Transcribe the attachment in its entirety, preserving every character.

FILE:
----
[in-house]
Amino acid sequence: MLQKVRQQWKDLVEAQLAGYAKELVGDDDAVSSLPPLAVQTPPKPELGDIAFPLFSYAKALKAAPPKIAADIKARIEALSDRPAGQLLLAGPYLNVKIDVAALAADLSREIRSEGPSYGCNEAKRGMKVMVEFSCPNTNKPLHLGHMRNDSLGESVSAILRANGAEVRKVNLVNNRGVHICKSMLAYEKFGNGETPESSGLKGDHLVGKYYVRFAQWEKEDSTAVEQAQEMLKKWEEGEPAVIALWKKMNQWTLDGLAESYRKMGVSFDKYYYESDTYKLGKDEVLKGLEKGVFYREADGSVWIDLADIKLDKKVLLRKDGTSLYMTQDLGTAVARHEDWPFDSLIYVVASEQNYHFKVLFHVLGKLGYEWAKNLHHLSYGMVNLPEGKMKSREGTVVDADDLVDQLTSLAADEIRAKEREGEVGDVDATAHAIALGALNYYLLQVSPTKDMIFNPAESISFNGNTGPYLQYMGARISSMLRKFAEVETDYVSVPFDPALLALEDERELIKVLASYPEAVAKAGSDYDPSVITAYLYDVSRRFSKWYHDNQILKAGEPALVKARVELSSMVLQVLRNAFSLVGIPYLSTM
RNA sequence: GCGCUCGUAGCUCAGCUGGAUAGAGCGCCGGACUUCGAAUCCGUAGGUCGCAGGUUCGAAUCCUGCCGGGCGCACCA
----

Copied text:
[in-house]
Amino acid sequence: MLQKVRQQWKDLVEAQLAGYAKELVGDDDAVSSLPPLAVQTPPKPELGDIAFPLFSYAKALKAAPPKIAADIKARIEALSDRPAGQLLLAGPYLNVKIDVAALAADLSREIRSEGPSYGCNEAKRGMKVMVEFSCPNTNKPLHLGHMRNDSLGESVSAILRANGAEVRKVNLVNNRGVHICKSMLAYEKFGNGETPESSGLKGDHLVGKYYVRFAQWEKEDSTAVEQAQEMLKKWEEGEPAVIALWKKMNQWTLDGLAESYRKMGVSFDKYYYESDTYKLGKDEVLKGLEKGVFYREADGSVWIDLADIKLDKKVLLRKDGTSLYMTQDLGTAVARHEDWPFDSLIYVVASEQNYHFKVLFHVLGKLGYEWAKNLHHLSYGMVNLPEGKMKSREGTVVDADDLVDQLTSLAADEIRAKEREGEVGDVDATAHAIALGALNYYLLQVSPTKDMIFNPAESISFNGNTGPYLQYMGARISSMLRKFAEVETDYVSVPFDPALLALEDERELIKVLASYPEAVAKAGSDYDPSVITAYLYDVSRRFSKWYHDNQILKAGEPALVKARVELSSMVLQVLRNAFSLVGIPYLSTM
RNA sequence: GCGCUCGUAGCUCAGCUGGAUAGAGCGCCGGACUUCGAAUCCGUAGGUCGCAGGUUCGAAUCCUGCCGGGCGCACCA